Proud of my perfect record!

One of the drawbacks of doing what I do is being on a lot of unsavory e-mail lists, including that of the Obama For Against America campaign. Today I got one from Deputy Campaign Manager Julianna Smoot which made me smile, though:

Michael —

According to our records associated with this email address — hopefully it’s yours if you’re reading this! — here’s your online giving history for this organization:

— Your supporter ID number is: (redacted)
— Your most recent online donation was: $0
— Total amount donated online in 2012: $0

It looks like you haven’t made an online donation to the campaign yet. If you were waiting for the last minute, you’re pretty much there.

It is and you are correct, I haven’t given you a dime. Nor do I plan to. Ever. There’s a better chance of seeing pigs making midair pirouettes.

Moreover, I feel slighted that it’s a DEPUTY campaign manager putting out this appeal. If I’m that important to solicit money from, I want it from the top and not some flunkie.

But something tells me that many thousands do drop in a few dollars, and given the President’s lax standards on who he accepts money from it’s no wonder he’s probably raised $1,000 from foreign countries in the time it took you to read this sentence. Honestly, do people really think they’re influencing an election with their $5 donation, particularly when it’s a steep 40 grand to attend a “grip and grin” with the man?

In the interest of disclosure, I have donated to political campaigns from time to time, but the public record should show that usually it’s in amounts less than $100. (My fee to attend our state convention has been treated as a political donation in the past, which explains several of my donations.) So I’m certainly not a high roller among SuperPACs; my giving pattern is probably replicated by millions across the country who feel they should help out a favored candidate from time to time.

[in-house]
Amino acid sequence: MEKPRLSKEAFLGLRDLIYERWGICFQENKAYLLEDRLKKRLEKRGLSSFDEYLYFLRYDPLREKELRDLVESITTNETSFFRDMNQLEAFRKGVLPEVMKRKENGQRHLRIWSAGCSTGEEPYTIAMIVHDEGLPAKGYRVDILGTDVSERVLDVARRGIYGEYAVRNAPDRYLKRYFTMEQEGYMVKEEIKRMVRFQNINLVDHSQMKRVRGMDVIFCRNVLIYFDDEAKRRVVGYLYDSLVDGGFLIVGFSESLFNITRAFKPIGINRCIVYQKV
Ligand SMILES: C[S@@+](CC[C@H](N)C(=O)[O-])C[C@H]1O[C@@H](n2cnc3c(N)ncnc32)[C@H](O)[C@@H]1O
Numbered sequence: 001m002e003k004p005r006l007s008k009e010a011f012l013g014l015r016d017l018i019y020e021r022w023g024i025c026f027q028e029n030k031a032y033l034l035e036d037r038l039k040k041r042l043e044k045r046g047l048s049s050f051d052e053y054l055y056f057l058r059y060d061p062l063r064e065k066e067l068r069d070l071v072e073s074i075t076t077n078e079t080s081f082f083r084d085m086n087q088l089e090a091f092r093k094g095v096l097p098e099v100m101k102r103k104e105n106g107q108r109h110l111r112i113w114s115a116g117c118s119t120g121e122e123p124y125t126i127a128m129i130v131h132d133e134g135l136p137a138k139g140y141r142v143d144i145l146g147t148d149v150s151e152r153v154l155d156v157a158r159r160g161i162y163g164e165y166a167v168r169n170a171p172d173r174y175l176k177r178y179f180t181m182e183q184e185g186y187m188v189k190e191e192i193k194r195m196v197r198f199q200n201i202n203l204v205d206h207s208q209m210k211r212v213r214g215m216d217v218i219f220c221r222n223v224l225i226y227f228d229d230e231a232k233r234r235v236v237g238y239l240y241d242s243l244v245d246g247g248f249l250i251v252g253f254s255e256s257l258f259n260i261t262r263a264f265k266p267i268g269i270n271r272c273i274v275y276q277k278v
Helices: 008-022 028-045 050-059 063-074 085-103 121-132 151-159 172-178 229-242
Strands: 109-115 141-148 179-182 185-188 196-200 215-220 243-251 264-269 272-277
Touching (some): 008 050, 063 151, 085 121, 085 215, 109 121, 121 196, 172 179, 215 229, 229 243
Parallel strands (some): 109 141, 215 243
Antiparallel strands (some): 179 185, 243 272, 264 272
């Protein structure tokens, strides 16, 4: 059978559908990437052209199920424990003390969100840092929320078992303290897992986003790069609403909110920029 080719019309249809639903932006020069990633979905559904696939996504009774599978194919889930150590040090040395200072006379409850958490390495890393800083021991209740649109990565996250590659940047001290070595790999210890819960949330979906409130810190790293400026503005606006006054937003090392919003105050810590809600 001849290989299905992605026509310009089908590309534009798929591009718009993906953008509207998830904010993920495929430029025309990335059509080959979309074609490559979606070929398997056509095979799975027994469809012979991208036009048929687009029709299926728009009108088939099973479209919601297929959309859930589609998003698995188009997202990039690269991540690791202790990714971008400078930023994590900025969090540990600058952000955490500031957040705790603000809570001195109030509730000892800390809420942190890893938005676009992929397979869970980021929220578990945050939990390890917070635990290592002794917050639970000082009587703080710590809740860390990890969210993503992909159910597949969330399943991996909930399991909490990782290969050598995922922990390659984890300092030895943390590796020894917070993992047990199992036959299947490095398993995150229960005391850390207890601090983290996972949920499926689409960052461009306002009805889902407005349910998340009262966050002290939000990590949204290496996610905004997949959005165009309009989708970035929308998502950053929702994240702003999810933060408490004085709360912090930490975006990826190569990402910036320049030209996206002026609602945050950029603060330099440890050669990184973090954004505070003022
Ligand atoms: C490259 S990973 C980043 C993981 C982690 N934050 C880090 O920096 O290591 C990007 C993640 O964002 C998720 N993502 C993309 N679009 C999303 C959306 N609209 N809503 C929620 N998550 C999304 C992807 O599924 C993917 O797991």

Certainly I don’t favor onerous restrictions on political giving; in fact, it wouldn’t bother me to see artificial campaign finance limits repealed – with a key tradeoff. People could donate what they want when they wanted to, but the donations would have to be disclosed on as close to a real-time basis as possible. If Bill Maher decided to skip the SuperPAC and just drop his million into Obama’s campaign coffers, ideally we would know within hours. Same for the SEIU, Chamber of Commerce, NRA, and all the other advocacy groups.

But there has always been that chicken-and-egg question about politics: did the money come into play because of the power inherent in making law, or did the law make the money possible? You know where I stand regarding the role of government – if you don’t here’s a handy resource that’s well worth the $5-8 in my humble opinion.

There’s also another point worth making. Obviously if the Obama campaign has my e-mail address they probably could find the IP address I most access the internet from. If that’s the case, one would think they could reject donations made from foreign IP addresses (each country has a particular set, which holds true in most instances. It’s not perfect, but pretty close.)

We have a very important election coming up, and hopefully the winner can begin to set things right in this country of ours. Next time around maybe he won’t have a flunkie remind me I haven’t sent anything in yet; since only one can stand for re-election you might be able to determine who I’m referring to.